New York Roads - NY 31 - Rochester
NY 31, downtown/east Rochester
WB at the beginning of NY 33 underneath I-490 just east of Exit 13. The two BGS's are on opposite sides of the road - I would rather separate them into two photos than shrink them down to fit in one. The two assemblies are on opposite corners of the intersection - the second one is the far left corner if facing WB. Broad Street is NY 31, so the lack of mention on the BGS is odd. If you can see below the NY 31 shield, how do you think the Erie Canal Industrial Park is doing nowadays?
Boys Club Pl. NB at the same intersection.
Another failure to put the route on the BGS.
Same place, other direction (Broad St. WB at Main).
WB on the west side of the Genesee River.
EB starting at Fitzhugh St., then crossing the Broad St. Bridge to South Ave. The JCT sign for NY 383 said either ALL TRAFFIC or THRU TRAFFIC, but oddly only the TRAFFIC part is still visible. Click on the second photo for a crackly NY 31 closeup.
The Broad St. Bridge, seen here from Main St. (facing south/upstream) and then from Court St. (facing north/downstream), began life as an Erie Canal aqueduct in 1842. At the turn of the century the Canal was rerouted and the Rochester subway line was constructed on its former course. Broad St., here NY 31, was laid on top of the subway. Somehow the aqueduct crossing of the Genesee River happened to perfectly suit these layered uses - I believe from historical photos that the walls of the aqueduct started on top of the first set of arches, and were reconstructed into the second set of arches to allow light into the subway level. Then the supporting columns and top deck were added at that point. The Rochester subway died in the 1950's, and the abandoned tunnels are still mostly walkable but also provide safe haven to the homeless, which means anyone can access them with any sort of intent (parts of the tunnels are pitch-black), so be very cautious.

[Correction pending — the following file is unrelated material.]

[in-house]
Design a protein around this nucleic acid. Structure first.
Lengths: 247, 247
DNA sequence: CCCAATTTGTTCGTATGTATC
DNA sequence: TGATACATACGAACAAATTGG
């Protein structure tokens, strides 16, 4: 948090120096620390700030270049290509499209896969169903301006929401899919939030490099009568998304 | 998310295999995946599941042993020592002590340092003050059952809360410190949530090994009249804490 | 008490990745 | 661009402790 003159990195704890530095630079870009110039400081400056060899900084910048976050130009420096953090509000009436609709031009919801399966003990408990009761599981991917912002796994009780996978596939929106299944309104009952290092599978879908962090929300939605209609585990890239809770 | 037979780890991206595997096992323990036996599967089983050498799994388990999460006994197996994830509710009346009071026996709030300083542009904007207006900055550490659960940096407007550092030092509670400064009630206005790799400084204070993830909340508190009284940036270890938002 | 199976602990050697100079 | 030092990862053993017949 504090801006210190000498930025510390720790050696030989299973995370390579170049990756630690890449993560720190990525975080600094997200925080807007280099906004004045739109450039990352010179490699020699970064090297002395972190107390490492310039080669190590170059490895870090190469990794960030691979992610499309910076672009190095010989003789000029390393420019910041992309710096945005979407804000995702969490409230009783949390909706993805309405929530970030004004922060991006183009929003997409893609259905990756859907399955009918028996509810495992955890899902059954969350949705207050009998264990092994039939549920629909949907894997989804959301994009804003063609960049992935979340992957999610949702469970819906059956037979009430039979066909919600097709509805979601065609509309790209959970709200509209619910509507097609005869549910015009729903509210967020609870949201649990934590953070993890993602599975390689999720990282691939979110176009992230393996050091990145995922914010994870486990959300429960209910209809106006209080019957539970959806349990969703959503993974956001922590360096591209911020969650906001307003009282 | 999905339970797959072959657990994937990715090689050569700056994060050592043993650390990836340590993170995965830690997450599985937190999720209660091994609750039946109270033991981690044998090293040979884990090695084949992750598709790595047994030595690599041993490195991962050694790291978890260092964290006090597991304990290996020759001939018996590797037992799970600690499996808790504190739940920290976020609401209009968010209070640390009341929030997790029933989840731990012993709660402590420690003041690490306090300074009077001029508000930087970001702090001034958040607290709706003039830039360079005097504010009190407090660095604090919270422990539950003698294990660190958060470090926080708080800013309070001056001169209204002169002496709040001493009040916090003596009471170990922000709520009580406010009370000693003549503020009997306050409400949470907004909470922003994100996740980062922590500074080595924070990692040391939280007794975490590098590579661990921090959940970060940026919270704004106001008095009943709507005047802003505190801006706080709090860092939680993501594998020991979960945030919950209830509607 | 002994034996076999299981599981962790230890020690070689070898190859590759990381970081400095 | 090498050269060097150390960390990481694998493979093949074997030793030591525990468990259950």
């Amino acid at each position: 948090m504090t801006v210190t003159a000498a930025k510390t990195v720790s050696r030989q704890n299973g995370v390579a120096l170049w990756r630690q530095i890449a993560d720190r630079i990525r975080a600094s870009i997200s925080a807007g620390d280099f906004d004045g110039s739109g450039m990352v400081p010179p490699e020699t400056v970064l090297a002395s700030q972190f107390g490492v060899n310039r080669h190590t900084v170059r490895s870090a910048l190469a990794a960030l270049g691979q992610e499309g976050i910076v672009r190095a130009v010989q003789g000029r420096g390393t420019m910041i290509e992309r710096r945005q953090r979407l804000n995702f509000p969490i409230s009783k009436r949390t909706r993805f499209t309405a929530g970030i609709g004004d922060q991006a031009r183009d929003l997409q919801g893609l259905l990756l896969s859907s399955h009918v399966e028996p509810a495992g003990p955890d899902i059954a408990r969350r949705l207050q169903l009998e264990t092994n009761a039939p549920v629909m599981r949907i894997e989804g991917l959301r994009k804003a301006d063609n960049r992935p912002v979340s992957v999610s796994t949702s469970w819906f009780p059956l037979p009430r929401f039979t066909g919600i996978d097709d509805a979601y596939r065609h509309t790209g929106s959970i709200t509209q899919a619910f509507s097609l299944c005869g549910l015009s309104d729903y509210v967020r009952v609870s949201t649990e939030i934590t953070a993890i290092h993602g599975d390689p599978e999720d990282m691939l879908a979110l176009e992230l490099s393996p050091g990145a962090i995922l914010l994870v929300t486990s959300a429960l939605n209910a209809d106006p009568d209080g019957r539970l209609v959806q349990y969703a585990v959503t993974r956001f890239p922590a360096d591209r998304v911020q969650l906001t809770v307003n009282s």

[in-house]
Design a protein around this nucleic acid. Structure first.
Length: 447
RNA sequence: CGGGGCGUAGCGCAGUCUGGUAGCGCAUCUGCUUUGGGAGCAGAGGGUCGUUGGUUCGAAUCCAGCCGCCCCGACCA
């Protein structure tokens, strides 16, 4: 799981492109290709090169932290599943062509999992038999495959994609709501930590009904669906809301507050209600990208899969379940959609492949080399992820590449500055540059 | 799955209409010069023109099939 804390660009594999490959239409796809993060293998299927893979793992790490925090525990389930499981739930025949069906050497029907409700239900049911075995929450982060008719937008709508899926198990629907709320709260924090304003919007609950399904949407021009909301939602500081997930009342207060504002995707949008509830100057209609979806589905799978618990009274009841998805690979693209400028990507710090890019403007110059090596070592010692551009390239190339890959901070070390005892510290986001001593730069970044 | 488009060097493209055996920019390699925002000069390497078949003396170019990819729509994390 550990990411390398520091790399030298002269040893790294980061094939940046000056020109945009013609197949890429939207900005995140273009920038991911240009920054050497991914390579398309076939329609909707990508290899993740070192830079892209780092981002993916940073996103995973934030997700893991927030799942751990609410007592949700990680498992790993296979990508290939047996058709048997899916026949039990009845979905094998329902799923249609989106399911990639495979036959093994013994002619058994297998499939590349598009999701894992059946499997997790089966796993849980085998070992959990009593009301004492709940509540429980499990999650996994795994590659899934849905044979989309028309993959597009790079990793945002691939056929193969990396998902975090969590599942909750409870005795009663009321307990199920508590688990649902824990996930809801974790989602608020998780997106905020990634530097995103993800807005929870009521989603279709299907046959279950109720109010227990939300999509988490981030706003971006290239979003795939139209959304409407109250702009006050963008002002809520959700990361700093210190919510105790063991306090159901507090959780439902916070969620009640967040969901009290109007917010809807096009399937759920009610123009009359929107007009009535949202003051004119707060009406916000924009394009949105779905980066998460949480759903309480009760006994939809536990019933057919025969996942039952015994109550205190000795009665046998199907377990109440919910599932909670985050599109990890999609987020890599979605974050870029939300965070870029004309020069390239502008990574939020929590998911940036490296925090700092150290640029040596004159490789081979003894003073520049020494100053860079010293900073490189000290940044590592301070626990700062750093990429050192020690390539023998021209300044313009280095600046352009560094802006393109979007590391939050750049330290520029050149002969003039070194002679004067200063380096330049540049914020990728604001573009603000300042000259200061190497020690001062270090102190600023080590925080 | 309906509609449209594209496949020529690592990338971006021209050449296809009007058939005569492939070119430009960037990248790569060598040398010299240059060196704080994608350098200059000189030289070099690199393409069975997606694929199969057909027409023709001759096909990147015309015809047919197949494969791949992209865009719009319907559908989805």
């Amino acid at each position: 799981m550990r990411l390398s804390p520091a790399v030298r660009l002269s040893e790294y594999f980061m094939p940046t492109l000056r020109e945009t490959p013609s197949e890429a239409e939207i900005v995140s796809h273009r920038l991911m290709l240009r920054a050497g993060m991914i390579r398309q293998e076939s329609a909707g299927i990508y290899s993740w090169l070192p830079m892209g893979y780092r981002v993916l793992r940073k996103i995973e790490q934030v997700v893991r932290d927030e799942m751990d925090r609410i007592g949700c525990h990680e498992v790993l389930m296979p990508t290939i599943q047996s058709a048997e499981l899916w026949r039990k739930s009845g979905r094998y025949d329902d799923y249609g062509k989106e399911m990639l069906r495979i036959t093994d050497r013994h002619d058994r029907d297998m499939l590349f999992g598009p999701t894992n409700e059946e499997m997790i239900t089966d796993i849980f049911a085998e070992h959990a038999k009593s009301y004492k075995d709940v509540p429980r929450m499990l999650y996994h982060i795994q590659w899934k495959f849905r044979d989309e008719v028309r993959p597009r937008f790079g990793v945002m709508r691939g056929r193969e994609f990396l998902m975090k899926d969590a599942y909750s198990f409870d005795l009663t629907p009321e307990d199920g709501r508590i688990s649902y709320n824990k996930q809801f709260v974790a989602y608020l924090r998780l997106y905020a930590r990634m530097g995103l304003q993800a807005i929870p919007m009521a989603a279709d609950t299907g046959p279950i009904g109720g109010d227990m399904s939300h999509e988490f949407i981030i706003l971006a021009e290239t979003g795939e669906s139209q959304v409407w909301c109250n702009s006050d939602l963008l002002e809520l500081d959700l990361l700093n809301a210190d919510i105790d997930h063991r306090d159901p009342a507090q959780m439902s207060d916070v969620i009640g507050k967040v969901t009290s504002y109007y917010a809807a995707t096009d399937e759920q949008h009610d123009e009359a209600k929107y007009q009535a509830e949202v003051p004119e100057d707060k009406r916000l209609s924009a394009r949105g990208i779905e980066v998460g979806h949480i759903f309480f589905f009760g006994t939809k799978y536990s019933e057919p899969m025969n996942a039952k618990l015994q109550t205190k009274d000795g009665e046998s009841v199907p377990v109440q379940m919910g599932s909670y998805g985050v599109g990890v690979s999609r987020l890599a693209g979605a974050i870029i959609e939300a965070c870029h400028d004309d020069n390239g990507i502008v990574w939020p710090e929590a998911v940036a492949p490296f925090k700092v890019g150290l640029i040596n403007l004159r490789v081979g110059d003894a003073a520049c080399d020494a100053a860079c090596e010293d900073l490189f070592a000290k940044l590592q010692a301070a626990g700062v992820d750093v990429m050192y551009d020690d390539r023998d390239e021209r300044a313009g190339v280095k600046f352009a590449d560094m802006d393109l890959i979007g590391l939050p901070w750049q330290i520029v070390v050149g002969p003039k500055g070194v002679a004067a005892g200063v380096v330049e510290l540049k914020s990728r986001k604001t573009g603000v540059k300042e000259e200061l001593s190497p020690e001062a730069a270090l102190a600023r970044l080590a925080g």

You can see the sorts of intent that people approach the tunnels with from Court St.
The opposite photos, Main St. from Broad St., with other sights from the bridge, ending with the Court St. Bridge and I-490 behind it.
Once I figured out the aqueduct was walkable, I walked up to it from Court St. and dropped in. No longer do I wish I had known about this. Inside is about as boring as an abandoned arched lower bridge span could be, though I bet the old subway tunnels hold more interest. Bring a flashlight and possibly a katana to explore further.
The old Rochester Gas AND Electric plant is on the northeast side of the bridge.
Broad St. WB (NY 31 WB) at South Ave. (NY 31 EB), and Court St. EB also at South Ave. That's economy of signs.
The last bits of blue faded from 2008 to 2012.
Turn the corner from Court St. onto South Ave. and you are greeted by a piece of history. US 15 came up what's now NY 15, ending as the NY route still does at NY 31. So back when it was the main north-south route instead of I-390, signs like this guided traffic from downtown to 15. Click for historical closeup.
The First Universalist Church is a century old, relatively new for a church, but is deservingly already on the National Register of Historic Places. See it at the corner of Clinton Ave. (NY 31 NB) and Court St.
I think Woodbury Blvd. at Chestnut St., courtesy Doug Kerr. Most of the older Inner Loop shields have been replaced now.
Leaving downtown on Monroe Ave., at Meigs St. and Oxford St. respectively.
On the east side of the city; the second photo is WB from Winton Rd. (the location of the shield atop this page).
Continue west on NY 31
Continue east on NY 31
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Onto NY 33
Onto NY 383
To US 15 via NY 15
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